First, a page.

- posted      Profile for Teshi   Email Teshi         Edit/Delete Post   Reply With Quote 
In Voltaire's Candide, I think it is Candide who says that everyone has a story to tell, and everyone should tell it to the people around them, whether it brutal, gentle, ugly unbelievable or beautiful. People should tell the way their lens looks at the world.

Your story is honest, your thoughts are allowed, expected even. All you need is an ear, any ear.

After history's wars, there has been the same feeling from all those who were involved looking at those who weren't, and the ongoing themes and beliefs that Love Is Dead, Everyone Is Selfish, Why Can't They See? It's not new. It's desperation and confusion, leading into despair and disgust with the average being.

The story of Candide goes on to mock the idea that the world is perfect. Because of course it's not. You've heard that a thousand times. Humans are fallible. Nobody's perfect. Nobody can embrace, control, understand and give everything at once.

You know, of course, that 'Americans' aren't as bad as all that. You know that no one should go through what really amounts to terror, in order to experience 'life'. Life is what you see, it is, in your words, your lens.

You lent us your lens, now we'll lend you ours.

Posts: 8473 | Registered: Apr 2003  |  IP: Logged | Report this post to a Moderator
Rakeesh
Member
Member # 2001

 - posted      Profile for Rakeesh   Email Rakeesh         Edit/Delete Post   Reply With Quote 
Black Fox,

Re: counseling. I can't say you should get it-I'm not informed enough on that. But I can say that it's a mistake to reject it automatically, too. There are some things, I think, that when said 'no' to before the sentence is even finished, need a re-examination. But that's your deal, of course, one way or another.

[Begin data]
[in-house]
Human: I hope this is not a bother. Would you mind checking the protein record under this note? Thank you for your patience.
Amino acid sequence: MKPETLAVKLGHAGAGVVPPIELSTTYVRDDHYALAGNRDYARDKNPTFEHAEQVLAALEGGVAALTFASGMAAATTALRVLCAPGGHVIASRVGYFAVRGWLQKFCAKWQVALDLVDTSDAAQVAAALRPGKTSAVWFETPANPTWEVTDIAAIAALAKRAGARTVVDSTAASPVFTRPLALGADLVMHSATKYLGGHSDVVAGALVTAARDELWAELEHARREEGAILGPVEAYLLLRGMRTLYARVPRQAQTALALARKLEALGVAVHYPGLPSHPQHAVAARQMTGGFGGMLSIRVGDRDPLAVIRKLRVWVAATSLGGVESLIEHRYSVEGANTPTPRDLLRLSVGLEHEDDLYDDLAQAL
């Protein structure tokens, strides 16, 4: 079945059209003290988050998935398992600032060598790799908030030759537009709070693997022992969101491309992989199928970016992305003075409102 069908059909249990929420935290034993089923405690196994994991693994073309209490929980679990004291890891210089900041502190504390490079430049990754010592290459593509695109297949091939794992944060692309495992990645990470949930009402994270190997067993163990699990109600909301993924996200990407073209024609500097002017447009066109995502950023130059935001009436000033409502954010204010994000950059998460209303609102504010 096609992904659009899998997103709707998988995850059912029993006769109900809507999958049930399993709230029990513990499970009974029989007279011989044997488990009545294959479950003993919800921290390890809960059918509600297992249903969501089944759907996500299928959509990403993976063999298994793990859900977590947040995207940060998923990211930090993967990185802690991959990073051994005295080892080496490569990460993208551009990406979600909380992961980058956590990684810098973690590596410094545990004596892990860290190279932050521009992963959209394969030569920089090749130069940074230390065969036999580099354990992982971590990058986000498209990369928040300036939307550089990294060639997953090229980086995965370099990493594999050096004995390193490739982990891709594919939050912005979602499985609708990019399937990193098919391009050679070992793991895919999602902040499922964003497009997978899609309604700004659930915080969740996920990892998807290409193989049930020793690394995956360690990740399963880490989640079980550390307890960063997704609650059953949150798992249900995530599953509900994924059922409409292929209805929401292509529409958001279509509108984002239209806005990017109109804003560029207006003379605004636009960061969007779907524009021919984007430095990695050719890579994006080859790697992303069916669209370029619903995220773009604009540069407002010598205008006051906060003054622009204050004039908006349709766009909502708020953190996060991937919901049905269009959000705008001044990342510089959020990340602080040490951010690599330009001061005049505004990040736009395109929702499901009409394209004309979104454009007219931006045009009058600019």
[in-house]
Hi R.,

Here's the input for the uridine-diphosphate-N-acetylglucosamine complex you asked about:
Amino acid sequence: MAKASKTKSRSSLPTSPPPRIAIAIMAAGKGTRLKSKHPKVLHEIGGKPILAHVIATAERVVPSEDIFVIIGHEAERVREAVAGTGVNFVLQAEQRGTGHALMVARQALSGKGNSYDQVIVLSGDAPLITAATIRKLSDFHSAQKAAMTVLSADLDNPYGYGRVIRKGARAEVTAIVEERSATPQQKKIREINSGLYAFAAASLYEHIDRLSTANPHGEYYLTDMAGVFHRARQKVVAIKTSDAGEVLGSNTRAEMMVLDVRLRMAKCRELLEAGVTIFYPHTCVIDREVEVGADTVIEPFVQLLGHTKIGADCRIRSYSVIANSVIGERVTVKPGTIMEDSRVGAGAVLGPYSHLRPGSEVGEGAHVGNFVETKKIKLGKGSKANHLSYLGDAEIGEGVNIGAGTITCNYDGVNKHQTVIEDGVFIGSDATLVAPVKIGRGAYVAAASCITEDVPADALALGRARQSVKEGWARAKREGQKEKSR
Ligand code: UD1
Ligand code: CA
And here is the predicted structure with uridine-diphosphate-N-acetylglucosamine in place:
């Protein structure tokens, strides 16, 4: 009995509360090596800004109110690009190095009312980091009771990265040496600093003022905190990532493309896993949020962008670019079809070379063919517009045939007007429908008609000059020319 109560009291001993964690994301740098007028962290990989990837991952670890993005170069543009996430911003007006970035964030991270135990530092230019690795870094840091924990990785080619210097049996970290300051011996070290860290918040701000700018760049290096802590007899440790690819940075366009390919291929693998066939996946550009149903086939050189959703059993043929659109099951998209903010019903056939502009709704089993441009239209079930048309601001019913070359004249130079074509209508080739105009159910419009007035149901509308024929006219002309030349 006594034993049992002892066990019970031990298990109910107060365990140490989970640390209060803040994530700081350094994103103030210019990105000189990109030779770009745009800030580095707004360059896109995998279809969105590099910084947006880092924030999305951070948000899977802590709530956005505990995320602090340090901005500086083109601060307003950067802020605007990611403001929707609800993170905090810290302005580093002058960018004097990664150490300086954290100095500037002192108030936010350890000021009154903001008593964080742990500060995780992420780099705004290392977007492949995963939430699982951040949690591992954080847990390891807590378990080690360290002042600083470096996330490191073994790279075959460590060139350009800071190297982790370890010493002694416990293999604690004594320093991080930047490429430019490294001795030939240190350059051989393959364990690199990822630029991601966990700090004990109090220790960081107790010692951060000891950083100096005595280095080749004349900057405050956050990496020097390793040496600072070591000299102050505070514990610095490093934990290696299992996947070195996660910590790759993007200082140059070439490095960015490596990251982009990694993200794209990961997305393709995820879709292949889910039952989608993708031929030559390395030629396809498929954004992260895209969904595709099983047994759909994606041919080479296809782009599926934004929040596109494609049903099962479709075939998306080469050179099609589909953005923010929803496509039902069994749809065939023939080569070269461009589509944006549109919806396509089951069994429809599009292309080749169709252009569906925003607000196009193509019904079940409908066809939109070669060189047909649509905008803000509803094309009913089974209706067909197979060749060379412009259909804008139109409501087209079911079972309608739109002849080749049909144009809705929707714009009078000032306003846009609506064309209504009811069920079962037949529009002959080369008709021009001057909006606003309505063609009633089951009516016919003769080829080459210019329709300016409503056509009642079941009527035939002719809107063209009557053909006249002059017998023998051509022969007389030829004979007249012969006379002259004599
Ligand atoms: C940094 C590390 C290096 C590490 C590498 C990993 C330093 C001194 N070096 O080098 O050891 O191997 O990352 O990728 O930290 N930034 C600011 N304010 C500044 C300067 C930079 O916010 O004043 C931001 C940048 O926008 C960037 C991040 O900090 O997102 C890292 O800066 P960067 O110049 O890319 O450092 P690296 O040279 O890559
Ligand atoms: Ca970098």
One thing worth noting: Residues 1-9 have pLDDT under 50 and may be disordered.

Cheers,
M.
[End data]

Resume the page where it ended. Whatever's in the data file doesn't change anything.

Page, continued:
Re: hating Americans. Maybe the problem you have stems from the fact that you are focusing too much on human society, on human civilization, instead of human individuals. I think the problem here is that with any large group of humans, a careful examination will lead to at least one major disappointment. It's just the nature of things, I think. I can also say that without cynicism.

Maybe the problem with your focus is that it's too macro, and not nearly enough micro. You mentioned it yourself, having good things to say about individual Americans. Here's one of the problems with a macro look at Americans: what you see on mass media? That's not Americans, that's sensationalist, slanted (one way or another), self-absorbed bullcrap. You noticed it yourself, actually. You've surely had more than one example of that in your interactions with the press in Iraq.

Re: Americans' apathy. Maybe the problem you have here is, as others have said, apparently viewing this as an American phenomenon. But I think this is a human problem-very few of us are morally and ethically advanced enough to get very worked up about the suffering of people we have never met or hardly heard about. This problem exists in every nation on Earth. Do you think the people in Malaysia care much about suffering in Central America? Do Chileans concern themselves with the Tibet? I think the answer is a resounding "no".

This kind of apathy leads to different cultural and political problems in any given society, I think, but it's there none the less in every one of them. Unfortunately, I think, with America it's somehow worse, because we have the tools and the ability to fix problems in the world, and very rarely do so.